Jo G said...

I just read the MacWhirter article Subrosa. He didn't hold back in publishing the sort of lyrics being spouted these days by females in the "music" industry. He named Rihanna, Perry, Gaga and others as the peddlers of soft porn and x-rated lyrical content when it comes to their "songs".

Their vids and their lyrics are being viewed and sung by children. Rihanna's latest offering includes singing, literally, the praises of sado-masochism. Although, if we remember, she was also the girlie who toured news studios and chatshows to discuss the trauma she endured when her (then) boyfriend hit her.

Sheila said...

Before I continue:

Many of the people I care about are homosexual and what consenting adults get up to is their own business. In my rebellious youth I did my fair share of experimenting - only then I didn't know what I was trying to rebel against. I do now...

I'd read about all this


when researching Liberty and the Islington and Haringey nastiness



but somehow seeing this wee scanned pamphlet really shocked me.

A bit of surface digging at the time seemed to suggest that many of these individuals are still on the go and in positions of considerable influence.

Sheila said...

Something else I'd rather not have been reminded of:


Dark Lochnagar said...

Rosie, "a continual stream of those who made confessions over a Coke".

That's a bit strong! Was that what you young lassies in Dundee, discussed in the bike sheds?

subrosa said...

I was indifferent to the Section 28 debate petem until I was shown some of the material which would be taught to children. I argued then that it was too explicit for 11 year olds. Now even 5 year olds are given sex education.

What is it they say about 'give them an inch'?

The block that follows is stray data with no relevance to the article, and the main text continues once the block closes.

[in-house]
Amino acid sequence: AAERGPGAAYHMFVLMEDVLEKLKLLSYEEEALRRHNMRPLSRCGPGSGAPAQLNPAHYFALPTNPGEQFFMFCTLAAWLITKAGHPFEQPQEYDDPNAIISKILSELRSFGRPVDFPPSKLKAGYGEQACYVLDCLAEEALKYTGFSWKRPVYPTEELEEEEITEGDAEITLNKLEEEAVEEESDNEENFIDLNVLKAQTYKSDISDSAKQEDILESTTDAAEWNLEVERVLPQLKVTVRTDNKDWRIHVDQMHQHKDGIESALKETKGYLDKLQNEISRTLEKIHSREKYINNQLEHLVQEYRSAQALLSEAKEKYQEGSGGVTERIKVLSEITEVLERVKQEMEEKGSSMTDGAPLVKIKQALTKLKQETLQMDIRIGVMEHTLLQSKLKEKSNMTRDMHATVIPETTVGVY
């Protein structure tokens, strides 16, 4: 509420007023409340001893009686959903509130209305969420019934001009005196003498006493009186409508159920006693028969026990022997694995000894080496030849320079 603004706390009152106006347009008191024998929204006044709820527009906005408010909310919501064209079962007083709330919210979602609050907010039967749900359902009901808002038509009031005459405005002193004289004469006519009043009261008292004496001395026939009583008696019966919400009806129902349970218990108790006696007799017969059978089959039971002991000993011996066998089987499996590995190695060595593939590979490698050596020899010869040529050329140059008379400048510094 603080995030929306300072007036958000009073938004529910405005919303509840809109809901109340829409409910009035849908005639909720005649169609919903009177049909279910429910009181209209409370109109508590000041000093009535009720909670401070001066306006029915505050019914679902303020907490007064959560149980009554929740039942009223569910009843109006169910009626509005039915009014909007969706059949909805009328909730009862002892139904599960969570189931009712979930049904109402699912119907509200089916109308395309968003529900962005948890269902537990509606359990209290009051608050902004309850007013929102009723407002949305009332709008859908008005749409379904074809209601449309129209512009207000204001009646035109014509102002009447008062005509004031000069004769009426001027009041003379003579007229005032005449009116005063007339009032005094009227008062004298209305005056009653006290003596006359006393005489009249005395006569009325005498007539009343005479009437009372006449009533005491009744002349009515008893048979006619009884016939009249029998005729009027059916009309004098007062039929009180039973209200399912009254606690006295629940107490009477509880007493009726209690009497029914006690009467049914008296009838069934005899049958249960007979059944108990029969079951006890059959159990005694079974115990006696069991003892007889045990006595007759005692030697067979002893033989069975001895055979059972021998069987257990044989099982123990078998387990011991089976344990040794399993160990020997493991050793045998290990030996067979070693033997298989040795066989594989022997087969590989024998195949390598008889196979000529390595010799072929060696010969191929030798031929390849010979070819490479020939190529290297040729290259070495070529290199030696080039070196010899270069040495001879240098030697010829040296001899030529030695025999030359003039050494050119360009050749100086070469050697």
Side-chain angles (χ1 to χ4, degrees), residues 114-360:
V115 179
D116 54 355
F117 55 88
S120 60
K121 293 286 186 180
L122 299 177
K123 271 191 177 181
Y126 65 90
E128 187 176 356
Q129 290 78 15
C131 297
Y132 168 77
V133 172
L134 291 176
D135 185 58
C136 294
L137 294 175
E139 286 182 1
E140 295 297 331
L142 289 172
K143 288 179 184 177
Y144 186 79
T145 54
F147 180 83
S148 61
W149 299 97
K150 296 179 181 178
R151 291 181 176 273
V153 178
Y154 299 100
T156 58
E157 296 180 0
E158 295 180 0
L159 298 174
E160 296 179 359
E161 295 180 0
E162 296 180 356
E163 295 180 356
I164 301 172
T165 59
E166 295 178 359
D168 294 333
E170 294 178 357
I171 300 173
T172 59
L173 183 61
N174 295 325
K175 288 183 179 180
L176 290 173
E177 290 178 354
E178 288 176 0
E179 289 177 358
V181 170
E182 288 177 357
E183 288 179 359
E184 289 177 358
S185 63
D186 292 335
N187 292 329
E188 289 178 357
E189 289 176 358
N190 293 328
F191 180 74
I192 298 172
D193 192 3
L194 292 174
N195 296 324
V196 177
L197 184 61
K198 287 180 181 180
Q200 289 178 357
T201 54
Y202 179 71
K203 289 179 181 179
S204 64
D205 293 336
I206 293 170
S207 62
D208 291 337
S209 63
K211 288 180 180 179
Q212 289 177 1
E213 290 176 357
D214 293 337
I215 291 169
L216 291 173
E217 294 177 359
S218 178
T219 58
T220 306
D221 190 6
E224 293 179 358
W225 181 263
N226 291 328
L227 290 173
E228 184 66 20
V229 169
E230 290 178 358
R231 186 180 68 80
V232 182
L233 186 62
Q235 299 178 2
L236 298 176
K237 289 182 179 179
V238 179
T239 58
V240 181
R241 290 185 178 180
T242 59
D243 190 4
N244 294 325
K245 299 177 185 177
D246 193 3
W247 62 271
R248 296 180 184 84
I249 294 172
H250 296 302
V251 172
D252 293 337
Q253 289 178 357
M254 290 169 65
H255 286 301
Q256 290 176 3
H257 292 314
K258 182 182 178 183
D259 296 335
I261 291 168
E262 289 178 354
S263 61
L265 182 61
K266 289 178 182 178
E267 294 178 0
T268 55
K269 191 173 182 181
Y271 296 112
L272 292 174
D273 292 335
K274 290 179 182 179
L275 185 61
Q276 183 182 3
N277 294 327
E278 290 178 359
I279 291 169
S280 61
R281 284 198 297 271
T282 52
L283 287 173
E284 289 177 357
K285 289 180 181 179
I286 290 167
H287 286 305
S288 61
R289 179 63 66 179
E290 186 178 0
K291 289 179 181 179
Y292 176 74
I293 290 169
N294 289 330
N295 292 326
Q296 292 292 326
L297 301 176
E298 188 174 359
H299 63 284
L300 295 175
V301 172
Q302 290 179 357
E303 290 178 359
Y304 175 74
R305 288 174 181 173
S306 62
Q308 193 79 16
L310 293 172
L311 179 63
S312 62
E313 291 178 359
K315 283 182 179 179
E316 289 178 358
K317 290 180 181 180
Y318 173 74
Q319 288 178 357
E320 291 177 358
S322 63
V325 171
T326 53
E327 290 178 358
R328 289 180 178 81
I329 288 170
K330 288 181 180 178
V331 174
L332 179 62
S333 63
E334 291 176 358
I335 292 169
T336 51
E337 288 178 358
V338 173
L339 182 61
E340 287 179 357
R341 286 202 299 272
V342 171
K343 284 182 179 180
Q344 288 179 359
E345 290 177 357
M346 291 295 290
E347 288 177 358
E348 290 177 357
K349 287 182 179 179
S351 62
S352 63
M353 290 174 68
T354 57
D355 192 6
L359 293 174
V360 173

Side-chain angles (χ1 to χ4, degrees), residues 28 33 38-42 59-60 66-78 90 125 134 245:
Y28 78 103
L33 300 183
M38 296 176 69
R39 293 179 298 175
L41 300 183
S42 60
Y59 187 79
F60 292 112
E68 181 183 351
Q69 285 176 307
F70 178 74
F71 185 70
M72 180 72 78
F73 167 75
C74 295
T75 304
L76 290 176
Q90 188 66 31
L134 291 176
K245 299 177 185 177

subrosa said...

We have a generation of parents who have little interest in their children Edward. They expect the state to look after them.

I remember some years ago a friend who taught Primary 1 infants telling me that when she started teaching there would be the occasional child come to school who couldn't tie the shoe laces. Twenty years later a third couldn't do the task.

The local primary here has a very well attended breakfast club. I find that extremely sad in this modern day. My father would never allow us out of the house without breakfast. Usually it was a morning roll with either egg, bacon or marmalade and if he was in a really good mood, he allowed us to eat it while walking to school. If not, we had to sit at the table, even though we were running late.

subrosa said...

Jo, you're far more up to date with today's pop music than me. Pop singers have always pushed the boundaries. We had the rebel songs in the 60s etc but we also had responsible radio and TV DJs who took their work seriously.

subrosa said...

Sheila, my belief is similar to yours. What consenting adults do is their own business and yes, we experimented.

That CV article is shocking but not surprising. There were plenty around during the Section 28 debate who obviously had their own agendas. These people haven't given up.

subrosa said...

Sheila, I don't know if I could read any of these articles in that link. Seeing the one entitled 'Do children need sex?' turns my stomach.

subrosa said...

DL, we used an Italian cafe for our discussions. The bike sheds were for the lads. :)

JuliaM said...

The media (and popular culture in general) has clearly been selected as the whipping boy, but we forget that it reflects modern culture, it doesn't create it...

Dave H said...

There was a case in the last few weeks of a naked cyclist being arrested, and people were concerned that had he been around half an hour later then the children from the local school might have seen him (he claimed he deliberately made sure he avoided the end of school). I wonder how many of those children had already seen far more explicit images in sex ed that day?

Five is far too early for a lot of this stuff.

Derek said...

I blame 'Pan's People' myself. And all the pop videos that have followed. It's thrust in everyone's faces - tabloids especially so.

We never had sex education at school; North London 1952 - 62, and I never got any at home - absolutely taboo - and not because we were religious, we weren't. It was left to my first job on a farm to see the action; the Boar serving Sows, and helping with a Stallion - Bloody 'ell!

Virginity lost upon marriage. I was shy. Before that, it was a kiss and a cuddle, and rare events too.

Girls were always attractive, but untouchable, and there were always those who hitched their uniform skirts higher than modesty allowed, and tucked their blouses in tighter for greater effect. Where did that come from? No lessons for sure, but the media, peer pressure, and to some extent family - following fashion.